God is eternal (or God transcends time)


I’m not gonna hide it: I love talking about God’s eternity. It’s mind-boggling, awful (full of awe), and brings me to praise to think the One Who inhabits eternity (Isaiah 57:15) has come near in Jesus. In talking about God, eternity reminds us that our human language is just that, human. While it’s true that revelation of God is real knowledge of Him (He gives it, after all!) God’s eternity makes us remember that revelation is often on the edge of what we can say about God, constantly keeping the awesomeness of Him before us. Other classical attributes of God do this, but eternality is most well-known so it’s easier to bring this to mind through reflection and meditation on God’s eternity.

So what does it mean to say that God is eternal, “the high and lofty one who inhabits eternity,” as Isaiah says? Let’s clear a couple of misconceptions of eternity out of the way before we delve into the eternal life offered in the Father the through the Son by the Spirit.

First, eternity is not simply everlastingness. I know this may sound strange, but it’s possible something could have existed forever and also still have been created by God. Yeah, weird. It gets into some tricky philosophical and theological stuff, but the point is that God doesn’t just happen to have existed from forever. God is the source of all that is, even if something has existed forever. So God’s eternity is of a particular kind, one that only God Himself possesses. God is everlasting, to be sure, as Psalm 90 proclaims. But we have to keep in mind that our idea of ‘everlasting’ is to be used as a starting point, not an ending point.

Second, eternity does not mean that God is simply outside of time. Rather, God transcends time. This means God can interact freely with His creation, entering into covenant, speaking and responding to His creatures, as well as enacting His plan of redemption and salvation. When we use the phrase ‘outside of time,’ don’t think that this means God is far, far away. Rather, God is radically distinct from us, transcending time in a way that we do not. We are beings bound by time. We have beginnings and will have ends. God does not and is not bound, but is free to be all of Himself in the eternal now, interacting freely with his time-bound creatures.

There’s so much more to say that, when done well, brings us to our knees in worship. God’s eternity is, quite simply, incredible and irresistible. We are drawn into the life of the eternal One Who sends the Spirit and His Son to make communion and reconciliation possible. But what does such an abstract-sounding attribute have to do with us, especially during coronavirus?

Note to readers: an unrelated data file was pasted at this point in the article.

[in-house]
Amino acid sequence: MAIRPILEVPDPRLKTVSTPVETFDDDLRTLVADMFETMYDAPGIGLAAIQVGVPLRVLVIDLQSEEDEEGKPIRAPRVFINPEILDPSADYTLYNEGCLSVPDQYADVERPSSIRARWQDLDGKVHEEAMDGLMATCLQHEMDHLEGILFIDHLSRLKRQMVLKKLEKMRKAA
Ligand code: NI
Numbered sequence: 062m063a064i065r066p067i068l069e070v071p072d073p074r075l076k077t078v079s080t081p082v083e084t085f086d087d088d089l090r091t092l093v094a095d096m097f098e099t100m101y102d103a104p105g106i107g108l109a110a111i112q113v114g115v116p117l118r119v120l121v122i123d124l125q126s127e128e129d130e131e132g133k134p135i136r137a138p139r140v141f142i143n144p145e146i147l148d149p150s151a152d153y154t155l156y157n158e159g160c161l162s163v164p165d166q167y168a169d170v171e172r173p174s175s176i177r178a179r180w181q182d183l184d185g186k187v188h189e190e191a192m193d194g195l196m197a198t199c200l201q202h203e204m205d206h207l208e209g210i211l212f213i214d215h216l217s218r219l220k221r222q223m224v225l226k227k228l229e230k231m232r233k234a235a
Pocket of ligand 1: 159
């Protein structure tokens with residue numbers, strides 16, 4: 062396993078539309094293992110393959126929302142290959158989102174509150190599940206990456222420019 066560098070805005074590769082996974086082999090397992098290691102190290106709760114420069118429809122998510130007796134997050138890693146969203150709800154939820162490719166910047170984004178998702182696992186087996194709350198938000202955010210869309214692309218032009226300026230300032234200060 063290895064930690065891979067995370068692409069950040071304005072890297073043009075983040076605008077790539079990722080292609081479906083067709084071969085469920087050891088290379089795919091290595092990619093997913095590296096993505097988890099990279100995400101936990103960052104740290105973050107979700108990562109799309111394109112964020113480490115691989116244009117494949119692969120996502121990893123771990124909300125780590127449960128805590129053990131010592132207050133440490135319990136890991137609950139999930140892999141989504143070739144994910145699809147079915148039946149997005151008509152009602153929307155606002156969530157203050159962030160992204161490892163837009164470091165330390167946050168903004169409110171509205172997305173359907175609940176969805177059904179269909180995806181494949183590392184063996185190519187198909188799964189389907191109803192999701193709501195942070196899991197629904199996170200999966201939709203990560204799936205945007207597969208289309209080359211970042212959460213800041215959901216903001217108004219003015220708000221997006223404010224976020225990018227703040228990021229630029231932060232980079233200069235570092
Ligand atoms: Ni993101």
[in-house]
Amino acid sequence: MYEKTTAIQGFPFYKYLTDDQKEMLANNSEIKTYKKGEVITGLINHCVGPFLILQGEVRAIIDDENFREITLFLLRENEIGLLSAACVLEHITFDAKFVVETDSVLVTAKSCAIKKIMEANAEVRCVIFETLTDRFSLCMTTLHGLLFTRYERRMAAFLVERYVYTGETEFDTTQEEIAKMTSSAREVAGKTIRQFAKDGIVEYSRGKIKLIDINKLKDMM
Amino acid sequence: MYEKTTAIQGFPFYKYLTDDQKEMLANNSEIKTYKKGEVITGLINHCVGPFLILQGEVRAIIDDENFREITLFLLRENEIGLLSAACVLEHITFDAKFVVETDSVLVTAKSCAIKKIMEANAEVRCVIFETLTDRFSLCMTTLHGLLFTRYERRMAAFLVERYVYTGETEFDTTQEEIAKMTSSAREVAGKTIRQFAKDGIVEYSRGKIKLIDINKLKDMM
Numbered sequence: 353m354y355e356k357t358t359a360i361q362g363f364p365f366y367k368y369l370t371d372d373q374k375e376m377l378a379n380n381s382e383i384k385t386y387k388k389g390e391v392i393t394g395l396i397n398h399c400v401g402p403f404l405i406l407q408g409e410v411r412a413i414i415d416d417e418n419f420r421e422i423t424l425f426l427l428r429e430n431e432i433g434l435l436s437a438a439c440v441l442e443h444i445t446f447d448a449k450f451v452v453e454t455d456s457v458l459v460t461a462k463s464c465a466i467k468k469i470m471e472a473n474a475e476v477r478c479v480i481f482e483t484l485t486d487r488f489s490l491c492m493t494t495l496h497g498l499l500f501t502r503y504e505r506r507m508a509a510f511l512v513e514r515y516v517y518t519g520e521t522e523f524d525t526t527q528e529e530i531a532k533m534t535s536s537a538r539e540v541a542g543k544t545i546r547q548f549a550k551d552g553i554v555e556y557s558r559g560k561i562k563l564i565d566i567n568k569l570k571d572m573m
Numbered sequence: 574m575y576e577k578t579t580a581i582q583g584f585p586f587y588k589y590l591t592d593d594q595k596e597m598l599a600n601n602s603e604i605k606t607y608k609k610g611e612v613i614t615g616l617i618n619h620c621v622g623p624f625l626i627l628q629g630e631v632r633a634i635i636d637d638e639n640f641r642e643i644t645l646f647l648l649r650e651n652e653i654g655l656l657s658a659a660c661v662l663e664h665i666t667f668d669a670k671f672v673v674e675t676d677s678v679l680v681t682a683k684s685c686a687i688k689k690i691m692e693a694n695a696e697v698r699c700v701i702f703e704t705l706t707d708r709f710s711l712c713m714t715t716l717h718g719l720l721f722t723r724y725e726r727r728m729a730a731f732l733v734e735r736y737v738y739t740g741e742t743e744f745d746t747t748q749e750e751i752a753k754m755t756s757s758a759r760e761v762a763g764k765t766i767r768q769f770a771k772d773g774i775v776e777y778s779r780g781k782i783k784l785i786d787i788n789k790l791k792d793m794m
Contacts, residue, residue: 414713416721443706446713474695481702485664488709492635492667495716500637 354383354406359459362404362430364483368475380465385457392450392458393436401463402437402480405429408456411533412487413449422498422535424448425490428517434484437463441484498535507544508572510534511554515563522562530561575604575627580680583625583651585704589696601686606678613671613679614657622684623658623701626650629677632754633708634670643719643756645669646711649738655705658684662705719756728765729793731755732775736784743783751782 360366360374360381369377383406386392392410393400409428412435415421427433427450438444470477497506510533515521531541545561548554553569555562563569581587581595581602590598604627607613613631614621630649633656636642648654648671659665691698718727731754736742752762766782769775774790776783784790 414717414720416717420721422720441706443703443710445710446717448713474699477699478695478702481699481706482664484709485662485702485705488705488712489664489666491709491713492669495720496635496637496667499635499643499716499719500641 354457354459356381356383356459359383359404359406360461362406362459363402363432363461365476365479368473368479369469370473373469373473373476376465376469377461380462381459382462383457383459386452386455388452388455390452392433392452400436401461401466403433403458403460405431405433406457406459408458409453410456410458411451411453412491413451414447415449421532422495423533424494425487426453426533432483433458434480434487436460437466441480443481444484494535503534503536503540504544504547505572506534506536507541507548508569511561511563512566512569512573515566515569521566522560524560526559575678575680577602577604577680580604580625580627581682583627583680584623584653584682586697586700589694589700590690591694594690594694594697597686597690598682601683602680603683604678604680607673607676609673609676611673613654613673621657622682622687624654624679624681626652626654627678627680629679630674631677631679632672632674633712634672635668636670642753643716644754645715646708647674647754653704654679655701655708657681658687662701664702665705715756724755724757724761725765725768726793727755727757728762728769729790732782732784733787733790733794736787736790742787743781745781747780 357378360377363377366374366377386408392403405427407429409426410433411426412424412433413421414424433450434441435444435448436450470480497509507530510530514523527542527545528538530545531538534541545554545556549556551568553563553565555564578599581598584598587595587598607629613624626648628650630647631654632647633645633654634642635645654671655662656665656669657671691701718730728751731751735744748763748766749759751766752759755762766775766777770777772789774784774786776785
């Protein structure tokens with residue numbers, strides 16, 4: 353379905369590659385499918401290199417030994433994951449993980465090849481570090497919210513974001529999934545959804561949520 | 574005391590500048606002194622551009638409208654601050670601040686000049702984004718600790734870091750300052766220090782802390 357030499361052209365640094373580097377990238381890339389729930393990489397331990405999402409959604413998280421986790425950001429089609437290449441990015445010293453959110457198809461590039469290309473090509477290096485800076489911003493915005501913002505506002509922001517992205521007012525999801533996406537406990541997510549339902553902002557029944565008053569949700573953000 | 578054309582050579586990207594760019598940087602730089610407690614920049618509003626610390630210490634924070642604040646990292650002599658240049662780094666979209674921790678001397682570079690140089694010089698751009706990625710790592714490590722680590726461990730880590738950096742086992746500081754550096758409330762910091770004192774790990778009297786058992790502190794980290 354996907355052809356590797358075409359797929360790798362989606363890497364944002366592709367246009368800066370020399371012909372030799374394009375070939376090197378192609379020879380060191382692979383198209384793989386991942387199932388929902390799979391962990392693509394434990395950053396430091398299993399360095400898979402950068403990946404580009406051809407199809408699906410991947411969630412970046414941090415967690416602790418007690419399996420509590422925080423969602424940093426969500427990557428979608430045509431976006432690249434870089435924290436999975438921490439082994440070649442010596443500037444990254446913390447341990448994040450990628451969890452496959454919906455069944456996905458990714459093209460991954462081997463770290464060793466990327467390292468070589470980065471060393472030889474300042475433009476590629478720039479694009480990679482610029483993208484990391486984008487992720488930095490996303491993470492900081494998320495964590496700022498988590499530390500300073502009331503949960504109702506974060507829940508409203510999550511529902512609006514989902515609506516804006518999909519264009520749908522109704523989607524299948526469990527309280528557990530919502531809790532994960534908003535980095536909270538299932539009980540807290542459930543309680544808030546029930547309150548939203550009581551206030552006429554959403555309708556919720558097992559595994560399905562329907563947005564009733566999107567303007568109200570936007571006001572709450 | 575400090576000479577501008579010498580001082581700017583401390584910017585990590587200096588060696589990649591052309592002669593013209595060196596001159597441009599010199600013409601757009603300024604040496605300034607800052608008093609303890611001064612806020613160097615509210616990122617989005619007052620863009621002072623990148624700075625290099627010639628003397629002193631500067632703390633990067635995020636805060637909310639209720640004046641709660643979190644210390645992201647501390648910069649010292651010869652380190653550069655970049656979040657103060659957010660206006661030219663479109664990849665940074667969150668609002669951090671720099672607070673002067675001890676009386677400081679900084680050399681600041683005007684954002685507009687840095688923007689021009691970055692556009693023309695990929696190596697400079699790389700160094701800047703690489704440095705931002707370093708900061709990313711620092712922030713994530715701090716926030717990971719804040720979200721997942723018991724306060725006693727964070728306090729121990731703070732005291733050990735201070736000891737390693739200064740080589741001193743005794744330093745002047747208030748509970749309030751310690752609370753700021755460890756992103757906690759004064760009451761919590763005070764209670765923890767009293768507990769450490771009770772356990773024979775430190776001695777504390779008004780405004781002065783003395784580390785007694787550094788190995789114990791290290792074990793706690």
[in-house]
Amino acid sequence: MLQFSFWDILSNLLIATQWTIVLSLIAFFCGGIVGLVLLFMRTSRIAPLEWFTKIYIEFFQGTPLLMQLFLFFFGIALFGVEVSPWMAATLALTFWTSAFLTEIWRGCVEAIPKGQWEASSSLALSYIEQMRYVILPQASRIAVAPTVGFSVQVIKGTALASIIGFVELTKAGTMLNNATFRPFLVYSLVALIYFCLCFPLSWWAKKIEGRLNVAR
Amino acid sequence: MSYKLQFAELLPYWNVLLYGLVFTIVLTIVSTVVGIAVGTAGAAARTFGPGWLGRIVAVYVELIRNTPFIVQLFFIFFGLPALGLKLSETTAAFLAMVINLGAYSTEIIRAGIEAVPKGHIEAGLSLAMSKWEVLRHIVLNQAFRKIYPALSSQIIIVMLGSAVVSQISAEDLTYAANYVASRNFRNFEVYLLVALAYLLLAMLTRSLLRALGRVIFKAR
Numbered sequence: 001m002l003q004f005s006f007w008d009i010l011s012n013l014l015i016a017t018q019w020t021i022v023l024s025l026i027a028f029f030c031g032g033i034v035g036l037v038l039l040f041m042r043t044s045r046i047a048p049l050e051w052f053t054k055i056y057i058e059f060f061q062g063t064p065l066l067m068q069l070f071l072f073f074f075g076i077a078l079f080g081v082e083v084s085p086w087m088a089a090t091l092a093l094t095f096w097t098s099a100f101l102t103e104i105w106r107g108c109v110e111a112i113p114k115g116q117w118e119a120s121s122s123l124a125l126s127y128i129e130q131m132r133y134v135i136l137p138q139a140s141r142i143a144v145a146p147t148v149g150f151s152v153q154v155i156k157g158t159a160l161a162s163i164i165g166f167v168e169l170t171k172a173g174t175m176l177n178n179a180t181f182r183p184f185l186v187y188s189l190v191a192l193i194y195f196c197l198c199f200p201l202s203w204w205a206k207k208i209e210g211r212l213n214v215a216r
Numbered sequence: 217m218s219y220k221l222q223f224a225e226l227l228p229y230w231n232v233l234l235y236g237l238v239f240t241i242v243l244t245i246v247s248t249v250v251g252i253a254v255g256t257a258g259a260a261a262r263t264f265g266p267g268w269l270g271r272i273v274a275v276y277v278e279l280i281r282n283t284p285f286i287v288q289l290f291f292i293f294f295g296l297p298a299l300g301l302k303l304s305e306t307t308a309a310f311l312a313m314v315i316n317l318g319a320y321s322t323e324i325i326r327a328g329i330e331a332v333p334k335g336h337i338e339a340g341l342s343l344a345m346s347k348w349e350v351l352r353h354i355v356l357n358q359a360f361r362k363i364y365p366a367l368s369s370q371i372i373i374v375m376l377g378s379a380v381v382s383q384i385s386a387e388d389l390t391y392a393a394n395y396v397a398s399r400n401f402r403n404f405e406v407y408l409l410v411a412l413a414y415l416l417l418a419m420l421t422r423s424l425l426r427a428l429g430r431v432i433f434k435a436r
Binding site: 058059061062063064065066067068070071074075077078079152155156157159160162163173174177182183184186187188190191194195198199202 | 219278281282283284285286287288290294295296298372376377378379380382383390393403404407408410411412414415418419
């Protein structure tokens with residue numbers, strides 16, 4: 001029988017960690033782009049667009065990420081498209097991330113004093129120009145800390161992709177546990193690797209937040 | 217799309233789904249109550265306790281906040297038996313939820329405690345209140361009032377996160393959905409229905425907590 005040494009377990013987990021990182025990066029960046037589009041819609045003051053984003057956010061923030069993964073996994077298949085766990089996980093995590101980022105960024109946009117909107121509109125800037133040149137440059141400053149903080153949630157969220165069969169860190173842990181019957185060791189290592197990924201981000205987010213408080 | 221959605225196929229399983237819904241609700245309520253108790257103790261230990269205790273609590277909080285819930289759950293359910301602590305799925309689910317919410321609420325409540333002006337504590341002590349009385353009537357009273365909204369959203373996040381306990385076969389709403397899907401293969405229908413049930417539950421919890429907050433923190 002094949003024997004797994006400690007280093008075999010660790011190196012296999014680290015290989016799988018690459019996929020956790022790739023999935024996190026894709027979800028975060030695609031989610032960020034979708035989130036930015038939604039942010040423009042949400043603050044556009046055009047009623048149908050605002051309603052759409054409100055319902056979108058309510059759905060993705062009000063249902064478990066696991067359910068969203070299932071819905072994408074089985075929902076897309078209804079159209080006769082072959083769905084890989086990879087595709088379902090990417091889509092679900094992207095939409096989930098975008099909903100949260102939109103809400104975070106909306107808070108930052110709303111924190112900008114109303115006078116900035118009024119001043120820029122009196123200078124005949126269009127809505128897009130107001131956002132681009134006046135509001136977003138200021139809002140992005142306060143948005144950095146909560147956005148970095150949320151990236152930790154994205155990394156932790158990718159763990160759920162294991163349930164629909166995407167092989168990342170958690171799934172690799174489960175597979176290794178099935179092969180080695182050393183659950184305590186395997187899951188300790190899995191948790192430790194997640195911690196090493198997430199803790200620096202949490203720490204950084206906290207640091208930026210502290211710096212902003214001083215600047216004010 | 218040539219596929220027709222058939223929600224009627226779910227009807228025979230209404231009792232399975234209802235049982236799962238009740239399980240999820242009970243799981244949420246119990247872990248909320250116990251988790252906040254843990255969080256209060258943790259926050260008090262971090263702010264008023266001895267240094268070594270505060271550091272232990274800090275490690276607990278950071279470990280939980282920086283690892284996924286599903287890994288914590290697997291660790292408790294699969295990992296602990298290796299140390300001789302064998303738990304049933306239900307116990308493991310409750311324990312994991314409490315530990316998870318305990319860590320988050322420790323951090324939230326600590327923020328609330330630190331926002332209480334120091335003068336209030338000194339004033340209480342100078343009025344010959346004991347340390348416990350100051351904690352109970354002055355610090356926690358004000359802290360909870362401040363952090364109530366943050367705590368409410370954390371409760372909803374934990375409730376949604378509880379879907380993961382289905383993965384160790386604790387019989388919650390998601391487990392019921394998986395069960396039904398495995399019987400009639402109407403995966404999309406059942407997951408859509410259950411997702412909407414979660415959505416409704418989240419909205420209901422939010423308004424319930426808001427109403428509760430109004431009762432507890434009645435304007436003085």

Here’s the immense comfort and mind-boggling joy that, I think, comes from the truth that God is eternal. Because God, according to the classical definition, “possess all at once limitless life,” all reality is present to Him in the eternal ‘now.’ The fullness of His creation is immediately present to and intimately known by Him always and in its fullness (more on this intimacy when we talk about impassibility). An example may help here. I fondly remember watching the TV show Gargoyles when I was a kid. I would sneak out of bed to watch it when my dad went to work at 3am when he worked the early shift. I always thought of it as a comforting show because I’d get to see my dad during a time where only he and I were awake. It was special. But that time in my life has passed; it’s only a dim memory today.

For God, however, all moments are present to Him in the eternal ‘now.’ God is as intimately aware of my childhood self as He currently is of my 30-year old self. God sees you; the whole of your life, always present to Him in eternity. There is no “God knows this before it happens,” because God isn’t before or after anything (well He is but that’s from our perspective), not being in time. God knows your pain, your fear, your tears, your anxiety, your hopes, your past, your present, your future, all in the eternal ‘now’ and all at once. What this really means is that God knows you better and more fully than you know yourself. The first time I realized that it gave me chills and I sort of froze. How is this possible? What is a human that you are eternally mindful of them? Of your whole creation? Of me?


During the coronavirus, the future is unknown. It freaks us out, scares us, frustrates us, angers us. We are finite and cannot see all things, past, present, nor future. We struggle with what we can see. We struggle with seeing ourselves even. However, when we read of the 24 elders around the throne of God in Revelation 4 fall down before God and “worship him who lives forever and ever,” this draws us into the mystery of the One that “dwells in unapproachable light” (1 Tim 6:16). By this light we are illumined. God sees you, right now. All of you, your whole life, is present to God. You are not forgotten. You are seen and loved in the infinite depth of eternal love.

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